4 Comments on The Brixton Brothers: The Case of the Case of Mistaken Identity written by Mac Barnett, illustrations by Adam Rex, 179pp RL 4, last added: 7/30/2013
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22. Nice celebratory pose, Ma'am

I'm aware it's late.  Too busy :( Sorry Ma'am, no disrespect.  Well, no more intended than when I drew you in this pose.

I'm off to Poole next week to spend a week with the beautiful team behind designing the gift boxes at LUSH, which I am tres TRES excited about!  I've been lucky enough to have been working freelance with them for a little while now, so it'll be lovely to finally meet everyone!  Also, the train journey is immense, so that will give me a nice chunk of time to get up to date on some other work too, or possibly I will just doodle. 

Update on the work/doodle debate, next week.


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23. you heard them: no....



Highly Appropriate & Funny Comic Convention Information Signs

From Laughing Squid.

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24. The Fourth Stall, by Chris Rylander 314 pp, RL 4

The Fourth Stall by Chris Rylander came out in February of 2011, right about the same time Jack Ferraiolo's book The Big Splash came out in paperback. These books have some similarities - middle school, fixers, intrigue. They also share the distinction of being the rare middle grade novels that are reality based, humorous and aimed squarely at boys. And they are both very well written. Do you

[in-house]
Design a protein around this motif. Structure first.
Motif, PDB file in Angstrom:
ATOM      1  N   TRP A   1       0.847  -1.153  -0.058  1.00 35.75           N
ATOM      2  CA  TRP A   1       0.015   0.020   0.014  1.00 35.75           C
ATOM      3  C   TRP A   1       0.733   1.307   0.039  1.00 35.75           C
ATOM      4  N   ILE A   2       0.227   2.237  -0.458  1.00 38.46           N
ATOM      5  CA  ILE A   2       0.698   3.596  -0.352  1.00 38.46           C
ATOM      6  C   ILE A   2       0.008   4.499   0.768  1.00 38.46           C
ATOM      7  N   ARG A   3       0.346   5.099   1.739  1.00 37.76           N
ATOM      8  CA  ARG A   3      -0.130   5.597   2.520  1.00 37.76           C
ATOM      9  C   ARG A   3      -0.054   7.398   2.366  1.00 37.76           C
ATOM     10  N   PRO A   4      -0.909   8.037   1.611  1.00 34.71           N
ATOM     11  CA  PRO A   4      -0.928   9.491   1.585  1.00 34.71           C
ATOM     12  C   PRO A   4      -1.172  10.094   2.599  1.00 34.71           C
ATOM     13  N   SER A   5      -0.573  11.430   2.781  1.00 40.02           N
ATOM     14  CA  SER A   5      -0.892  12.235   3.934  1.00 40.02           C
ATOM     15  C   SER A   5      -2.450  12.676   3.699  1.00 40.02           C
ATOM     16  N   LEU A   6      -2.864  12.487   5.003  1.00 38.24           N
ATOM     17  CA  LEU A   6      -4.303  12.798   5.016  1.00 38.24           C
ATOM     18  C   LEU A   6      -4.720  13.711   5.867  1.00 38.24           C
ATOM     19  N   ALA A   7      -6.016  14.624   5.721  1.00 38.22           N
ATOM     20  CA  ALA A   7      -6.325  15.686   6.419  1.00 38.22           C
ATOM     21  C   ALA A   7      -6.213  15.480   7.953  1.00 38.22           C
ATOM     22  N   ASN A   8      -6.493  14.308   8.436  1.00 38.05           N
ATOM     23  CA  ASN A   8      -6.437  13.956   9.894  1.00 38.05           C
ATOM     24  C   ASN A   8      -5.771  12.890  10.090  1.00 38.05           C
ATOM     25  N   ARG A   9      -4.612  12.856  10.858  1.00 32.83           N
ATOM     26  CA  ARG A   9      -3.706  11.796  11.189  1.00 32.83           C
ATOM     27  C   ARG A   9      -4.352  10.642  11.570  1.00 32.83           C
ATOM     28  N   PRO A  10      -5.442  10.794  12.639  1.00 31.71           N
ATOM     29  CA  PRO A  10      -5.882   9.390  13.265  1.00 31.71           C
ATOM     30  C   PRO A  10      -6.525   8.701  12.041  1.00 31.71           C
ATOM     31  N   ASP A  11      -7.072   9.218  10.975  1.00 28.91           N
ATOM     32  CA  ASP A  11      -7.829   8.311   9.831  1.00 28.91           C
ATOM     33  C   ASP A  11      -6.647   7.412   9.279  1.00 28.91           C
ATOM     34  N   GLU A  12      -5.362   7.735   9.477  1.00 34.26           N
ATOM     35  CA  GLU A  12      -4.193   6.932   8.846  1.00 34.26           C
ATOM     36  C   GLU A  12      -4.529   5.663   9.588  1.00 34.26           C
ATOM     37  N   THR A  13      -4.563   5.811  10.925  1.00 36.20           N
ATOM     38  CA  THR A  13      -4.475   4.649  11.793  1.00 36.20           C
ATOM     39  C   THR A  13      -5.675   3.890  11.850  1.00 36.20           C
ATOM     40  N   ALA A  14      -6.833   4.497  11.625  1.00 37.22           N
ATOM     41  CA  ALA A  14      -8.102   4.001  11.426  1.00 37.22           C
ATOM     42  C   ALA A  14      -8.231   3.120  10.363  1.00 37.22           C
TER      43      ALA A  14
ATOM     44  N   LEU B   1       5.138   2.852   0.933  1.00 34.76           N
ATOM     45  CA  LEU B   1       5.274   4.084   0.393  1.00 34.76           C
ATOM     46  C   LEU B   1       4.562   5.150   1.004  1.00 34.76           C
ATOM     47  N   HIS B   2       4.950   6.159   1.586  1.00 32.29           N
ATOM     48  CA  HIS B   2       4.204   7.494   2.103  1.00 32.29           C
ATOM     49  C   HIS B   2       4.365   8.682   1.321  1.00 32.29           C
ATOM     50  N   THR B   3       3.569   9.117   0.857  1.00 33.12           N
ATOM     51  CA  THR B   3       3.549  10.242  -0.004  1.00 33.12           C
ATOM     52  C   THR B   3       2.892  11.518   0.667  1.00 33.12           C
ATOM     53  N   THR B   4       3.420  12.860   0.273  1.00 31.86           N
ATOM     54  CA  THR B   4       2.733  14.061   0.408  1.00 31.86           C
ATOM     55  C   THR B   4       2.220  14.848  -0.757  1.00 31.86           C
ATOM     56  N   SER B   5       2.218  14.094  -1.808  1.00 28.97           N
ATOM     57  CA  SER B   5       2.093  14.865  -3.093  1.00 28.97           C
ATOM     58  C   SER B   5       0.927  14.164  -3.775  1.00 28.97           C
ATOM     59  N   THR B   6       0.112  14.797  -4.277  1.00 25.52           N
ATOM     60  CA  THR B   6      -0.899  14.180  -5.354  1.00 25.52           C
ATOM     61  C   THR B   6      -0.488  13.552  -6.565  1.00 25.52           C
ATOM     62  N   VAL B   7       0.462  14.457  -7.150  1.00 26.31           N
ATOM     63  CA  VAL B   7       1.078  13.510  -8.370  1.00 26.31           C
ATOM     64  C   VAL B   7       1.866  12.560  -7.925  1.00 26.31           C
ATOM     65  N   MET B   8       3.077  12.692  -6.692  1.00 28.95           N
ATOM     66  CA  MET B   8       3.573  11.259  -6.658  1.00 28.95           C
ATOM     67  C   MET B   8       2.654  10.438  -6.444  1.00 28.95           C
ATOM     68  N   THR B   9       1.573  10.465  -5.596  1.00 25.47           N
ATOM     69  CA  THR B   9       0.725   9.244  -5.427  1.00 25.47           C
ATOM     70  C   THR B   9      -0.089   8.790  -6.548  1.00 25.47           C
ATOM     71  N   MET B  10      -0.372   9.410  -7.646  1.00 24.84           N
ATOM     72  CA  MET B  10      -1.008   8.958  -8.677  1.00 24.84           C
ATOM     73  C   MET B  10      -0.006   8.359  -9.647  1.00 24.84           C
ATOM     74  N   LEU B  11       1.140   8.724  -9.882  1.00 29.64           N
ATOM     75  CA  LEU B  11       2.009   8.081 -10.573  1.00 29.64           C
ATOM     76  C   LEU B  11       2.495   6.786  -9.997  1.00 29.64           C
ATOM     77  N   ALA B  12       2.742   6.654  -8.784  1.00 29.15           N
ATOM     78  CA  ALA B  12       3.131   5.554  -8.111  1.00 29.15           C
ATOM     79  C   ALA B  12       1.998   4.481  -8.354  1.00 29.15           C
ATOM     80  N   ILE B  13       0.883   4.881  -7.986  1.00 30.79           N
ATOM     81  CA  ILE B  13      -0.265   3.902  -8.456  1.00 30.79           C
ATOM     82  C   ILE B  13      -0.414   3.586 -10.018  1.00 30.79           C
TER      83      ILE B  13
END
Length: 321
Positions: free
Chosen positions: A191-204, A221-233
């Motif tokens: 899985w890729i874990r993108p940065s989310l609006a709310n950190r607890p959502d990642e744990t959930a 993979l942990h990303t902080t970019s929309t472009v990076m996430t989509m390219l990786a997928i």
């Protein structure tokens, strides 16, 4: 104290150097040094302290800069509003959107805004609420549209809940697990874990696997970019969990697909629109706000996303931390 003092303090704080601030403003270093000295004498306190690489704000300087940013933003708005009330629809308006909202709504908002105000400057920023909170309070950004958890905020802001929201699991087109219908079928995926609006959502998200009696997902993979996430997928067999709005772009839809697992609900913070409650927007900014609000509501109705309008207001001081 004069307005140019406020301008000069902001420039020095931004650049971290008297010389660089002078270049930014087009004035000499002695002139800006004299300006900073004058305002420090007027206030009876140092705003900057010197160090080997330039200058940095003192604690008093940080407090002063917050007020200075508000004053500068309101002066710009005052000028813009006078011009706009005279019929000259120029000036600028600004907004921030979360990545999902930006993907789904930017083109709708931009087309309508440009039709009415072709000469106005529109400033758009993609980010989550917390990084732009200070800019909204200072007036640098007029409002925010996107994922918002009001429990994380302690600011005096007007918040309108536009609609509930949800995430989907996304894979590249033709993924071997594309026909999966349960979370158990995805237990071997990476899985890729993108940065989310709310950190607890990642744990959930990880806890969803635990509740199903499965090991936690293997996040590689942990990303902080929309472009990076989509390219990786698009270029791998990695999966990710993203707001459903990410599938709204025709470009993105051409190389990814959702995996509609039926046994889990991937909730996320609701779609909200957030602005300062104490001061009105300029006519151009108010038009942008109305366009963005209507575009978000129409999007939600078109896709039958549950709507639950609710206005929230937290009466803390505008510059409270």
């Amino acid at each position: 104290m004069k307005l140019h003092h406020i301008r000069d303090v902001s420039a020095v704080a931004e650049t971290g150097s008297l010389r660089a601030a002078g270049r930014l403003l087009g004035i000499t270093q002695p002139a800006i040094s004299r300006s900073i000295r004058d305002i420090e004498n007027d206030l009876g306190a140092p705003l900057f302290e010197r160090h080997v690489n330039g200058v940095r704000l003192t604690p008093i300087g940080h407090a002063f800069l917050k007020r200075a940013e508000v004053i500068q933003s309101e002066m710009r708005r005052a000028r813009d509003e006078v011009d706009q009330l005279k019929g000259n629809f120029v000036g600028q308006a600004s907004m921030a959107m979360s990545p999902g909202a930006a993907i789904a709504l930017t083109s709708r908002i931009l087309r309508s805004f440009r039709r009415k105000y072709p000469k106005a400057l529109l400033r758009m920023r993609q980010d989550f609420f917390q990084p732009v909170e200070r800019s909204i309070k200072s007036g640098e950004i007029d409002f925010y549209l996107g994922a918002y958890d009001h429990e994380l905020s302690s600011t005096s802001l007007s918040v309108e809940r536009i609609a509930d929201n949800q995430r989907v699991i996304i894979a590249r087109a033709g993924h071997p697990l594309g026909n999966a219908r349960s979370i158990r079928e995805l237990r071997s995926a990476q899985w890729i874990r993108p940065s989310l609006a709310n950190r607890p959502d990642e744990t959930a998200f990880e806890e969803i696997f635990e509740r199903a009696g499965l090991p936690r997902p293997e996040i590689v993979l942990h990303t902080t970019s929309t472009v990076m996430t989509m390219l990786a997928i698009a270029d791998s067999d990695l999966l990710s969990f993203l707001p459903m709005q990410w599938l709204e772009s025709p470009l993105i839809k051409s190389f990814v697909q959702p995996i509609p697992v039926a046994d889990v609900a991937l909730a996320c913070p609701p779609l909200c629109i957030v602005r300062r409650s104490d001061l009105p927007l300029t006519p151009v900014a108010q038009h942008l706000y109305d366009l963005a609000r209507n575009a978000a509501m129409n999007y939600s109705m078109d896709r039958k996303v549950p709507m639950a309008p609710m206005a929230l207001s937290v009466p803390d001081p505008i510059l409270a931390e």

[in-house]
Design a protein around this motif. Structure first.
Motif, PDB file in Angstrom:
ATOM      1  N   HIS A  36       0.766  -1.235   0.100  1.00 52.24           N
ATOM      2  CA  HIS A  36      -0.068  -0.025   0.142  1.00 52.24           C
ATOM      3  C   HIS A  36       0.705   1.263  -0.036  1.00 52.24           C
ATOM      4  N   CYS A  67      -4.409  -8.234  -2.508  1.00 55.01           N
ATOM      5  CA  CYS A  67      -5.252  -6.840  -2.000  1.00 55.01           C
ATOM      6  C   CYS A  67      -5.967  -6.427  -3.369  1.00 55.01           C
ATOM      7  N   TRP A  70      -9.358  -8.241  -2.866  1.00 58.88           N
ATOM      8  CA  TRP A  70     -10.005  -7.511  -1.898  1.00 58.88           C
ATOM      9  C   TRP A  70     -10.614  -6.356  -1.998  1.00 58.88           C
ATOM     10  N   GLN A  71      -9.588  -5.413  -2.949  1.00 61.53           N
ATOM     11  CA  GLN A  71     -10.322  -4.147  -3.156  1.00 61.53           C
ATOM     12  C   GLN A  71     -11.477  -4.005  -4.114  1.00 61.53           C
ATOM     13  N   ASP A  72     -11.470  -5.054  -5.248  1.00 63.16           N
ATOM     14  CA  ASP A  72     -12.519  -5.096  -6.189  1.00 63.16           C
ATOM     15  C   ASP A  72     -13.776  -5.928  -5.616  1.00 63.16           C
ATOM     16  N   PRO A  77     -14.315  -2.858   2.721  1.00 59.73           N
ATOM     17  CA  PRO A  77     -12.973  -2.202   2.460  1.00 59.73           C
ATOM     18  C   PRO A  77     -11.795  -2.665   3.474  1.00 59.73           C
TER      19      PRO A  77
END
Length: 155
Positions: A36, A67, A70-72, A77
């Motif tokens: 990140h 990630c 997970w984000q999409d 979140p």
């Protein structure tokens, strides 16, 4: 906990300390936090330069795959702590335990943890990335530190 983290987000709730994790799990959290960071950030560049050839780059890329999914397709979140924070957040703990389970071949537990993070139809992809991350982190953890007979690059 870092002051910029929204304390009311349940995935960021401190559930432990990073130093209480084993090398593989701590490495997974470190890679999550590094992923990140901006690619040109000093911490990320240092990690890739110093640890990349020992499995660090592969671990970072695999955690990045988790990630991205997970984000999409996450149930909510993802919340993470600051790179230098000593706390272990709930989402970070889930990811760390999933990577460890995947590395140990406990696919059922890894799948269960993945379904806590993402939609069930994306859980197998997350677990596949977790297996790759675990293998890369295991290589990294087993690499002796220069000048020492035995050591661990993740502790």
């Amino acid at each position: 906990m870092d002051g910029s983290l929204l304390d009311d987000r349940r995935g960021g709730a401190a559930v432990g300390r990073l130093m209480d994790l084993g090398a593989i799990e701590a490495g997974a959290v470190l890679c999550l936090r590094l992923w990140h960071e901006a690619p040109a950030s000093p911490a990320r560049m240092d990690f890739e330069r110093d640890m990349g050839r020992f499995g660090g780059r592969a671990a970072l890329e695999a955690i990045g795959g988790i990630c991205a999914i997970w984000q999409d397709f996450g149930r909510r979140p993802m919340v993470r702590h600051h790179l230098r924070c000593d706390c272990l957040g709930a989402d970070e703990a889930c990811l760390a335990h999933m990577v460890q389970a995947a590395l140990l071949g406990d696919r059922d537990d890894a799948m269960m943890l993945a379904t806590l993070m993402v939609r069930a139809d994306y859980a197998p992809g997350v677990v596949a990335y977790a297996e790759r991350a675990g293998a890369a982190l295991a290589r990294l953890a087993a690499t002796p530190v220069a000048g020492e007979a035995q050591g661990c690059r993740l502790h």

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25. and you thought the Olympics were over! NAAAAAH

Hey there, hoopla, daughter's circus is in town again. It's that fringey time of year...

Olympik Phever posterI have enjoyed all of Maddy's posters so far, but I really love the retro look of this one, designed by Rena Littleson.

Facebook has the details.

Fringe has the tickets.

Be there quickly, as the venue is cosy 

Olympik Phever is performed by Madeleine Tucker, and was developed by Madeleine Tucker and Danny Cisco: 

It's the middle of the Olympics and bespangled entertainer Madeleine Tucker has been given her big chance to shine, filling in as the presenter for a late night Olympics TV special. With interviews, live ads and musical numbers, she’s set to cram in as much high-quality entertainment as she can!

Not one for sports fans, this colourfully kitsch extravaganza will pay surreal homage to the faded world of variety television, with catchy songs and segments galore!


If you can't make it to the show, you might like to take in some of Maddy's videos at her blog. (Look for Rodney The Goblin.)